Partner Auction

Top Lots from The Prindle Collection

See some of the highlights from Litchfield's recent sale.

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Published on
October 04, 2022

On September 20th and 21st, Litchfield Auctions held their highly-anticipated auction of works by renowned collector John "Parker" Prindle. Eternally curious and passionate about art, Prindle's vast collection is refreshingly varied. Packed with beautiful design items from big names like Paul Evans and Ettore Sottsass as well as fine art of all mediums, it's no surprise that the sale produced outstanding results. 

Lot 150, Paul Evans Cityscape Credenza, $14,950
Lot 150 Paul Evans Cityscape Credenza

Although his early collecting days were focused on Italian glass art and mid-century ceramics, Prindle's eventual tastes encompassed art deco metalware, contemporary prints, and beyond. His discerning eye earned him a reputation as a prominent collector in his native Boston and the art world at large.

Items from the Prindle Collection On Site at Litchfield Auctions
Items from the Prindle Collection on site at Litchfield Auctions

Prindle's collection included two works by the prolific Romare Bearden, both of which generated considerable interest during the auction. Slave Ship (1972) and Cattle of the Sun God (1979), which sold for $5,980 and $2,990 respectively, are each gorgeous examples of the collage-style pieces that dominated the artist's mature style. Bearden's work, which is often interested in exploring the Black experience in America, has consistently done well at auction in recent years. In February of this year, his paper collage The Street (1975) sold for a record $1,109,000 at Sotheby's.

From left: Lot 54, Romare Bearden, Cattle of the Sun God (1979), $2,990; Lot 8, Romare Bearden, Slave Ship (1972), $5,980
From left: Lot 54 Romare Bearden Cattle of the Sun God (1979)

Lot 8 Romare Bearden Slave Ship (1972)

Another standout was Howard Hodgkin's vibrant print In Tangier (1991), which hammered for $5,720, a price 61% higher than auction results from mere weeks ago. The figurative work is a notable departure from the abstraction that the artist is known for, however it manages to remain paradigmatic of his style. Deeply interested in gesture and color, the composition evokes the ephemeral and dynamic energy that permeates his oeuvre.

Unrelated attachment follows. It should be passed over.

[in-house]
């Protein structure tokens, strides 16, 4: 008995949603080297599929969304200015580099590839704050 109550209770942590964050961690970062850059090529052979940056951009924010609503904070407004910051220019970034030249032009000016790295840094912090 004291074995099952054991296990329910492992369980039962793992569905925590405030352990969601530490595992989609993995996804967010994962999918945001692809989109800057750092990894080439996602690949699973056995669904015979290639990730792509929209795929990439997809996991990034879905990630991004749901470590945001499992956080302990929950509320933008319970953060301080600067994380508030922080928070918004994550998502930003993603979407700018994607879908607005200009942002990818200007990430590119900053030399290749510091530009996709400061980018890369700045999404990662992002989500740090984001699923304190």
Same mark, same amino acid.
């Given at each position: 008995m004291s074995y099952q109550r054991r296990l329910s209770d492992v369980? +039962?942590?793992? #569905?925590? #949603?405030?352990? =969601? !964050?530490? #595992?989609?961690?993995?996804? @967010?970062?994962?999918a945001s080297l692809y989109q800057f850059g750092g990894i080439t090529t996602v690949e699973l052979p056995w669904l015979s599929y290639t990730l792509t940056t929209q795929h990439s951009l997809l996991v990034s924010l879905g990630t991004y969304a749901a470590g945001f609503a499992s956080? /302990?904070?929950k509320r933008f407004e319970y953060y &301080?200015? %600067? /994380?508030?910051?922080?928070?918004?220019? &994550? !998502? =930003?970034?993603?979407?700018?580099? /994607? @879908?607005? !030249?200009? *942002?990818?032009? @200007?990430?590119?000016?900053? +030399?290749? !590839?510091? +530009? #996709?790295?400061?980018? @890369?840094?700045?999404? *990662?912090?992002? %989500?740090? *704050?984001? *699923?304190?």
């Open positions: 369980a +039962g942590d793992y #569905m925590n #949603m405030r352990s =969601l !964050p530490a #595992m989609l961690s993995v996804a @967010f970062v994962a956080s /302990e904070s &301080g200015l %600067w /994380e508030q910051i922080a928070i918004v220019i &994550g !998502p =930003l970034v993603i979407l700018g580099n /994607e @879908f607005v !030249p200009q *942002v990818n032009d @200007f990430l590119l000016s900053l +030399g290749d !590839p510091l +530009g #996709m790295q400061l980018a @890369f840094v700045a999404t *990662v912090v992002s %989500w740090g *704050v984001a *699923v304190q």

Lot 106, Howard Hodgkin, In Tangier (1991), $5,720
Lot 106 Howard Hodgkin In Tangier (1991)

Also of great interest was Prindle's massive collection of works by the 1980s Memphis design group. Last month, The Dispatch chronicled their controversial aesthetic and enduring influence on contemporary design. 

Memphis design items on display at Litchfield Auctions
Memphis design items on display at Litchfield Auctions

Bidders were especially keen on the striking ceramic totems created by the group's founder, Ettore Sottsass. Together, the five totems brought in nearly $20,000. Created right around the time of Memphis' conception, these bulbous and colorful pieces exemplify Sottsass' desire to subvert the conventions of fine design.

From left: Lot 423, Ettore Sottsass, Memphis Ceramic Totem, $3,250; Lot 424, Ettore Sottsass, Memphis Ceramic Totem, $5,200
From left: Lot 423 Ettore Sottsass Memphis Ceramic Totem

Lot 424 Ettore Sottsass Memphis Ceramic Totem

Roy Lichtenstein's Entablature XA, one of the collection's most unique pieces, also generated considerable buzz, eventually selling for $7,150. The screenprint is part of the famed artist's 1970s series. Like Hodgkin's In Tangier, this work is far from typical of the artist, swapping bright comic-inspired elements for the stately style of neoclassical architecture. The text on the piece, "JVSTITIA" is a nod to the Roman goddess of justice.

Lot 70, Roy Lichtenstein, Entablature XA, $7,150
Lot 70 Roy Lichtenstein Entablature XA

Items by influential Italian ceramicist Guido Gambone marked highlights, with one particularly extraordinary vase selling for an impressive $11,050. With equal interest in art of the past and the present, Gambone's artistic style is nearly as eclectic as John Prindle's collecting style. In total, works by Gambone garnered nearly $50,000 during the second day of the sale.

From left: Lot 507, Guido Gambone, Vase, $11,050; Lot 571, Guido Gambone, Ceramic Lamp (Mid 20th C.), $5,330
From left: Lot 507 Guido Gambone Vase

Lot 571 Guido Gambone Ceramic Lamp (Mid 20th C.)


Litchfield and Capsule Auctions extend sincere thanks to the Prindle family for entrusting us with such a profound collection. John Prindle's approach to collecting as a journey of discovery and an opportunity to learn continues to serve as an inspiration to art lovers of all kinds. Thanks to the countless donations he made to prominent museums and his deep relationships with gallerists and dealers, his impact on the art world won't be soon forgotten. 

Items from the Prindle Collection On Site at Litchfield Auctions
Items from the Prindle Collection on site at Litchfield Auctions

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